Wednesday, March 3, 2021

Oscar Film Journal: Cat on a Hot Tin Roof (1958)

Welcome back to the Oscar Film Journal, here at, where I review an old Best Picture nominee in preparation for this year's delayed ceremony!

Today's entry is another Tennessee Williams adaptation, the classic 1958 family drama Cat on a Hot Tin Roof, starring Elizabeth Taylor, Paul Newman and Burl Ives.  Directed by Richard Brooks from a screenplay by Brooks and James Poe, the film version of COAHTR was met with disappointment from its stage creator, after revisions made necessary by the oppressive Hays Code whitewashed some of Williams' themes.  In the play version the Paul Newman character Brick had a close friendship with a male friend named Skipper that veered into romantic attachment, and Skipper committed suicide after Brick rebuffed his sexual advances.  In the film this was reduced to a vague, euphemistic exchange where Skipper was simply depressed and reached out to Brick for help, but Brick turned his back on him.  

Regardless of ill-conceived 1950s forms of censorship though, COAHTR is an emotionally intense, superbly acted drama depicting a family implosion.  The setting is a large southern plantation house owned by Harvey "Big Daddy" Pollitt (a gruff, foul-mouthed, self-important Burl Ives in a major departure from Sam the Snowman, the only role I'd previously seen of his).  Big Daddy is home from the hospital after being tested for cancer, apparently having been given a clean bill of health (later revealed to be a lie).  But during his absence his son Gooper and daughter-in-law Mae have been planning to cut out of the eventual inheritance his other son Brick, a former football star turned drunk, whose estranged wife Maggie sees through Gooper and Mae's machinations.  Throughout the film we learn of the strained relationships between all the characters.  Brick believes Maggie cheated on him with his best friend Skipper, but has agreed to stay in a loveless marriage with her out of convenience.  Maggie is more attracted to Brick than ever but he refuses to show her any affection.  Gooper and Mae resent Brick for being Big Daddy's favorite son.  Big Daddy hasn't been in love with his wife Ida in decades.  All of this comes boiling to the surface over the course of an evening, with potent results.
Liz Taylor's fiery performance is the standout for me, showing Maggie to be a strong-willed, sexually liberated woman desperate to help her husband find himself again.  She's the only member of the family Big Daddy genuinely seems to like, probably because she doesn't carry the same sense of entitlement as Gooper and Mae.  Paul Newman as Brick gives an understated, resentful performance, wracked with guilt over his best friend's suicide and seething with revulsion for the wife he thinks helped cause it.  An emotionally decimated shadow of a man, his only interest is self-medicating with alcohol.  Burl Ives plays Big Daddy as an all-consuming megalomaniac who raised his two sons on material things instead of love, and only when confronted by his own mortality does he begin to realize his shortcomings as a father and husband.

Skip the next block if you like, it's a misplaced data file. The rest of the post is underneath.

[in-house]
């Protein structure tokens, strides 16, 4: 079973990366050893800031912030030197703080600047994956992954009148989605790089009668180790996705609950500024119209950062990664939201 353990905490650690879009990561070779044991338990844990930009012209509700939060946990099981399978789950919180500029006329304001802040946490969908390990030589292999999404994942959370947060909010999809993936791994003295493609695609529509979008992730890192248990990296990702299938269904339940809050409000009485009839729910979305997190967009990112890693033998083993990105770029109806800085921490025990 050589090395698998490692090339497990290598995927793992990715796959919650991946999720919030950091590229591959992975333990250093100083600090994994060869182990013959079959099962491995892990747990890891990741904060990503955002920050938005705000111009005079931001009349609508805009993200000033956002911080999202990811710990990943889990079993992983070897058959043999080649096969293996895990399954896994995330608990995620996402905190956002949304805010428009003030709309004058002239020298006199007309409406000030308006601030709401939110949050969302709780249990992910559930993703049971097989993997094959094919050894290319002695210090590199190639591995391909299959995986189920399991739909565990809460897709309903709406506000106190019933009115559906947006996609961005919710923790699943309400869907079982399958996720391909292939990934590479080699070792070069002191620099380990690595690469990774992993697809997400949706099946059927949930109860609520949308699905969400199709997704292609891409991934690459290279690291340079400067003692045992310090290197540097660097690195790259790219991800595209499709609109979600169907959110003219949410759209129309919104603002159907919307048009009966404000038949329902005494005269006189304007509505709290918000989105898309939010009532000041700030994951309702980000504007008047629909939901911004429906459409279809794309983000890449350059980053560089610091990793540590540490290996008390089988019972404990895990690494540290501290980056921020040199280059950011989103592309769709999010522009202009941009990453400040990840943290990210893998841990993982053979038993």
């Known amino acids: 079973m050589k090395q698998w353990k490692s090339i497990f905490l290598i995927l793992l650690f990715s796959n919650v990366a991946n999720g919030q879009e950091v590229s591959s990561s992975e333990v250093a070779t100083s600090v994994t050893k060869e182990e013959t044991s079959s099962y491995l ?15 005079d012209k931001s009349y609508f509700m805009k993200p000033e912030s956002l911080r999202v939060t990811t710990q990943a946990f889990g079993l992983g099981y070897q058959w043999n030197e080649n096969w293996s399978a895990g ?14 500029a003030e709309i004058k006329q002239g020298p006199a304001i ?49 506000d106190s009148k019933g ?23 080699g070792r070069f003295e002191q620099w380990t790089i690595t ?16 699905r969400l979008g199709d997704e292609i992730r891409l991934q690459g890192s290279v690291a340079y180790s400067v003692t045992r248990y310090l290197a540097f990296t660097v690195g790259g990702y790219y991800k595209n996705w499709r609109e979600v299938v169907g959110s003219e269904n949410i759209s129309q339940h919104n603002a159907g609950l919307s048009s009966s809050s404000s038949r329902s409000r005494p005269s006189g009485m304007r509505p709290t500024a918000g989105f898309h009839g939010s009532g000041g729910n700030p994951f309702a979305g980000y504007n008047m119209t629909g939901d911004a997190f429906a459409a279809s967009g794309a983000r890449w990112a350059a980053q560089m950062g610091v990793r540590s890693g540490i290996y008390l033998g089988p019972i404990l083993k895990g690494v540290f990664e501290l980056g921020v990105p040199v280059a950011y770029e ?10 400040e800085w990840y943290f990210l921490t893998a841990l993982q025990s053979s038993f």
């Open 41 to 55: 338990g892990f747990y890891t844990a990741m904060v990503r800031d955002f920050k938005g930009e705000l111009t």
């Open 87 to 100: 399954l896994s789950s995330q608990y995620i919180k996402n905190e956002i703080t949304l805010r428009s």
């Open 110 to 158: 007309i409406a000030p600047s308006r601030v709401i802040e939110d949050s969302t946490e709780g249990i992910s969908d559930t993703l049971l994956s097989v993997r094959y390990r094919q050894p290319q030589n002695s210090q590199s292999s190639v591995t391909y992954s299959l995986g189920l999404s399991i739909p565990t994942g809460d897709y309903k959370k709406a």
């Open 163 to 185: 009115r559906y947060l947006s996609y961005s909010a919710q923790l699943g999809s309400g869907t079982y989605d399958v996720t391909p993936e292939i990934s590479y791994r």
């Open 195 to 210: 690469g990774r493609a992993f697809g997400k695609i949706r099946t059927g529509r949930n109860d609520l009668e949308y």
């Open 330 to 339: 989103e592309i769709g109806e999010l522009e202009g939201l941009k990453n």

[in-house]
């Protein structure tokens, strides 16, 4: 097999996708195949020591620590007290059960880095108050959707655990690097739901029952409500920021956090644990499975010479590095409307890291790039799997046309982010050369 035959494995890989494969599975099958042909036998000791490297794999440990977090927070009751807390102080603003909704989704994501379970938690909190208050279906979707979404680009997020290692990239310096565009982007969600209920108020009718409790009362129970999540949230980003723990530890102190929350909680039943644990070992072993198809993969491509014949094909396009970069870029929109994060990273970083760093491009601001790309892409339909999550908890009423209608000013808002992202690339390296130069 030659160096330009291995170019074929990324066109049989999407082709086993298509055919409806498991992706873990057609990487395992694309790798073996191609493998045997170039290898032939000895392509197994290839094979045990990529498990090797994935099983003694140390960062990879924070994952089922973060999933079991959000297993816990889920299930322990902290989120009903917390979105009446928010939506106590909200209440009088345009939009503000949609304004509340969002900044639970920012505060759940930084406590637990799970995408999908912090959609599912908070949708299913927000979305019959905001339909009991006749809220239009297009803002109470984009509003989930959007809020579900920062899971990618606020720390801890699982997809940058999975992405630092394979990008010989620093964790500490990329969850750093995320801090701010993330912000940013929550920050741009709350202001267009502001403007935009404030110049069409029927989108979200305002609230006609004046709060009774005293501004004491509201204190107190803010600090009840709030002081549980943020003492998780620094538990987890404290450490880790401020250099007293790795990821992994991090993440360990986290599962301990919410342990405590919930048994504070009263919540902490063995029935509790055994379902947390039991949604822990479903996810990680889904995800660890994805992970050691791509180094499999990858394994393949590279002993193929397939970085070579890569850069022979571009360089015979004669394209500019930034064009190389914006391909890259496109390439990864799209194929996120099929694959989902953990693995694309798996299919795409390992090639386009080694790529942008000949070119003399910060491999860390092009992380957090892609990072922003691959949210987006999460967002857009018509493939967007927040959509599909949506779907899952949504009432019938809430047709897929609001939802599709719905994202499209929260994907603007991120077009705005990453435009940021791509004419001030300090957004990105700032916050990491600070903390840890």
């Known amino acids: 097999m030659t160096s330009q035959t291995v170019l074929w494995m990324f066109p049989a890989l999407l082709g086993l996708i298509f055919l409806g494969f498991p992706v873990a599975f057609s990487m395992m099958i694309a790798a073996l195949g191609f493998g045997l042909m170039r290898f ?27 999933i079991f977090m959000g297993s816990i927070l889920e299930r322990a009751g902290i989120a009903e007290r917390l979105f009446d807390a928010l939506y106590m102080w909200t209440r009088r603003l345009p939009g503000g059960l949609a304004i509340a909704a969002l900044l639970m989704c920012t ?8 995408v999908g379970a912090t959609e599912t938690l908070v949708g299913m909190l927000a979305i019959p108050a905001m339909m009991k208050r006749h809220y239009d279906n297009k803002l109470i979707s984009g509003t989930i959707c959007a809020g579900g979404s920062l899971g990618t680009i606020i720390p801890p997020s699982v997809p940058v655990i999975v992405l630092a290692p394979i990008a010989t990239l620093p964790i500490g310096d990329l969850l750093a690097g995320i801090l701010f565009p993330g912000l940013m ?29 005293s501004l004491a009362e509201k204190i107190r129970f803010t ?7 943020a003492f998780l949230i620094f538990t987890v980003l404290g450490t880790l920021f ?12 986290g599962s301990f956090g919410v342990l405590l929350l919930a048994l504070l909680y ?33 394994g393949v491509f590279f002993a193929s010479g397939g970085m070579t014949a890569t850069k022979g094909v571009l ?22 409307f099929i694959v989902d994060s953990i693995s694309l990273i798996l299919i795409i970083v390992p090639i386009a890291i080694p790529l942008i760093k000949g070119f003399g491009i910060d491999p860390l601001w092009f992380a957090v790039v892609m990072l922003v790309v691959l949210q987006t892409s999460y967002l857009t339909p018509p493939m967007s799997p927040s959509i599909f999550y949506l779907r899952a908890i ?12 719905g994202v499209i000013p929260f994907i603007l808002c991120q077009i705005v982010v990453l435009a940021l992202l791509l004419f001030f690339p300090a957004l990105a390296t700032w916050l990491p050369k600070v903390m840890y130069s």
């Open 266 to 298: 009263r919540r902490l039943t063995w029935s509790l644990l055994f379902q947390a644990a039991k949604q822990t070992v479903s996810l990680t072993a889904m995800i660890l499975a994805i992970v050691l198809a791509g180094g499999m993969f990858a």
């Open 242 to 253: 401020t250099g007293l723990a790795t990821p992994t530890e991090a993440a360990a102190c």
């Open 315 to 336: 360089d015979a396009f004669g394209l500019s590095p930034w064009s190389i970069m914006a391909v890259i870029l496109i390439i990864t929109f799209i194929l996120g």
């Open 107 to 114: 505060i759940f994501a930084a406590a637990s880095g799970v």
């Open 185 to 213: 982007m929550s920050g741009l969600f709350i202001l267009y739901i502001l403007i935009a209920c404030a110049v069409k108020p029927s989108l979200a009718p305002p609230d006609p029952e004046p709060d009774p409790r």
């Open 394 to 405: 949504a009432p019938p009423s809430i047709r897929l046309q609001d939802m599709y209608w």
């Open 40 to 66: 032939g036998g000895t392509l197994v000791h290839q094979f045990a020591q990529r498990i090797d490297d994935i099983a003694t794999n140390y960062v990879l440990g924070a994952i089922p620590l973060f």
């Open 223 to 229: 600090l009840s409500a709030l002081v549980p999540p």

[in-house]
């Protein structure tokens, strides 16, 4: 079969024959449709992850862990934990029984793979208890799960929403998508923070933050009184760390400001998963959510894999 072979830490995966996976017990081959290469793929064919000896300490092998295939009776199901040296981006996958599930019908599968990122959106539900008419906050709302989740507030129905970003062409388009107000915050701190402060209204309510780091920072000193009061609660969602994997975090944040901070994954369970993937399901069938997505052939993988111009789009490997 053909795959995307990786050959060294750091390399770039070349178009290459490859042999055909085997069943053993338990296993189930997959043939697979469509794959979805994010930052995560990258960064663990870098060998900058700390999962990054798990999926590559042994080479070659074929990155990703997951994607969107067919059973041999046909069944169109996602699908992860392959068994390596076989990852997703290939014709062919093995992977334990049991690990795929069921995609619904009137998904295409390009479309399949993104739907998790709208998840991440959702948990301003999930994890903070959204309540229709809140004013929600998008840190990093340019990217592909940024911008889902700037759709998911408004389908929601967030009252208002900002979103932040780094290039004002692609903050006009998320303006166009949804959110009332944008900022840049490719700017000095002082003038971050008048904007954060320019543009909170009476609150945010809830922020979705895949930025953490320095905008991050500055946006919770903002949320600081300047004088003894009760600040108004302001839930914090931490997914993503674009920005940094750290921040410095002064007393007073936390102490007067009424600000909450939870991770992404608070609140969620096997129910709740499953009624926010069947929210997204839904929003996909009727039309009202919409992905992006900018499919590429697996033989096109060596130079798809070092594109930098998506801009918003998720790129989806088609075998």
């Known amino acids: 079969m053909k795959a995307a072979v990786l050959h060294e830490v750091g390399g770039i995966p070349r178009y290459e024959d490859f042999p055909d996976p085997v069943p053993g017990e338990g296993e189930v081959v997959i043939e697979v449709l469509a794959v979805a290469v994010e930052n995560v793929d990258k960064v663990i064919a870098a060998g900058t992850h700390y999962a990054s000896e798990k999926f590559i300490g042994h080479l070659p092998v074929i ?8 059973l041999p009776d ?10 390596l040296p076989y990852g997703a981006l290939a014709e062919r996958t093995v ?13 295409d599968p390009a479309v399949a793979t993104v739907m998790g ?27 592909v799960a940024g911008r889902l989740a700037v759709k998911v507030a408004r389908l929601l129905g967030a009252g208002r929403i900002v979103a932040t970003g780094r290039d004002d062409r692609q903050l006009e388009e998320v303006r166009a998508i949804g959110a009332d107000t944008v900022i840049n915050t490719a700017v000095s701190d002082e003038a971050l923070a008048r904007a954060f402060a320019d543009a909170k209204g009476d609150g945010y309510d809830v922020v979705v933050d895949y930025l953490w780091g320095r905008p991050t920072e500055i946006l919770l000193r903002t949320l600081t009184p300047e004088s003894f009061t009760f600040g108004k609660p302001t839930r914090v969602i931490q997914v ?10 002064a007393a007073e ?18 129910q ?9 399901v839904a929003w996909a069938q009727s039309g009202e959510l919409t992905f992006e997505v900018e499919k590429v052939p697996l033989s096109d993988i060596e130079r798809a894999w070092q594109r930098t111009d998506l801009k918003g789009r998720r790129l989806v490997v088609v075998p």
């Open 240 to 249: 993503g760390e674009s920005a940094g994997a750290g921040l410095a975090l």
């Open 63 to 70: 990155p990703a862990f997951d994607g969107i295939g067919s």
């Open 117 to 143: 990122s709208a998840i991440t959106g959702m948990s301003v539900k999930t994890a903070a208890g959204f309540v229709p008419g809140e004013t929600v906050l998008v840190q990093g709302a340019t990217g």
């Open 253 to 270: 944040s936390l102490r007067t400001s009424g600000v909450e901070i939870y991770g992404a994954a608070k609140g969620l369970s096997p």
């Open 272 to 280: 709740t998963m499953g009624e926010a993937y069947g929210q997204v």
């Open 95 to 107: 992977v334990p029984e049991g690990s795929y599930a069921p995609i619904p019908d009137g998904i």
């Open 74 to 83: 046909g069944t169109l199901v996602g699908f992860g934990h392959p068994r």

All the themes present are tremendously relatable, even in their slightly sanitized Hays Code form.  The characters are so flawed and human our allegiances shift throughout the film as more warts are revealed.  I couldn't help noticing parallels between this film and the 1994 dark comedy The Ref, with Denis Leary, Kevin Spacey and Judy Davis.  In both films the central married couple are estranged, the wife an unconventional free spirit and the husband a closed off, defeated man with a wealthy, overbearing parent and a craven older brother with a manipulative wife.  Both films take place over the course of one evening where the entire family has it out, airing all their grievances and eventually coming to an uneasy resolution.  I actually find it shocking that the team who made The Ref didn't cite COAHTR as an influence; the through-line seems pretty obvious to me.

All that aside though, Cat is a very powerful drama, boasting big, colorful performances and dramatic heft.  The Hays tweaks are handled clumsily but since I was somewhat familiar with the story's subtext they didn't get in the way for me.  The Oscar-nominated cinematography was pretty striking and inventive for 1958, when color films tended to be brightly lit and less atmospheric than their black & white counterparts.  Cat was nominated for six Oscars but sadly failed to win any, perhaps due to the sexual themes at play in a stuffy, repressive era.  In many ways the 1950s just weren't ready for Tennessee Williams....

I give the film **** out of ****.

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